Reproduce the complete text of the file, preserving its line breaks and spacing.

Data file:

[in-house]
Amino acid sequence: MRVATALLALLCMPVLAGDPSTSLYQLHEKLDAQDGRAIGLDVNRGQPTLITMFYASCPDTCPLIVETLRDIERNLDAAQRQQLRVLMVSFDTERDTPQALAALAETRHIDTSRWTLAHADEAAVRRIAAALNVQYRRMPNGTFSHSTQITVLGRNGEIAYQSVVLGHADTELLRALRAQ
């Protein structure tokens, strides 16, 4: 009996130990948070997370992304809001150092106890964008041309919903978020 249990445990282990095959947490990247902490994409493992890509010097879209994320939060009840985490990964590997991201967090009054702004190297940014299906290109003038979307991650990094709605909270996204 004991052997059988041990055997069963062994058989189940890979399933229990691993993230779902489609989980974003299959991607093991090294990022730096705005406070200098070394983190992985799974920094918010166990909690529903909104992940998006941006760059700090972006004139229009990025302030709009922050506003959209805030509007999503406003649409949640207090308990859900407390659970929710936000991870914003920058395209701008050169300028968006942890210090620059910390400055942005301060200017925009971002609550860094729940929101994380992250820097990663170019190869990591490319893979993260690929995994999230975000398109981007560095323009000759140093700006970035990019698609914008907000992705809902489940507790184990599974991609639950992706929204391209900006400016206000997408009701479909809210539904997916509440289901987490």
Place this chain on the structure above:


[in-house]
Amino acid sequence: MRVATALLALLCMPVLAGDPSTSLYQLHEKLDAQDGRAIGLDVNRGQPTLITMFYASCPDTCPLIVETLRDIERNLDAAQRQQLRVLMVSFDTERDTPQALAALAETRHIDTSRWTLAHADEAAVRRIAAALNVQYRRMPNGTFSHSTQITVLGRNGEIAYQSVVLGHADTELLRALRAQ
């Protein structure tokens, strides 16, 4: 009996130990948070997370992304809001150092106890964008041309919903978020 249990445990282990095959947490990247902490994409493992890509010097879209994320939060009840985490990964590997991201967090009054702004190297940014299906290109003038979307991650990094709605909270996204 004991052997059988041990055997069963062994058989189940890979399933229990691993993230779902489609989980974003299959991607093991090294990022730096705005406070200098070394983190992985799974920094918010166990909690529903909104992940998006941006760059700090972006004139229009990025302030709009922050506003959209805030509007999503406003649409949640207090308990859900407390659970929710936000991870914003920058395209701008050169300028968006942890210090620059910390400055942005301060200017925009971002609550860094729940929101994380992250820097990663170019190869990591490319893979993260690929995994999230975000398109981007560095323009000759140093700006970035990019698609914008907000992705809902489940507790184990599974991609639950992706929204391209900006400016206000997408009701479909809210539904997916509440289901987490």
Place this chain on the structure above: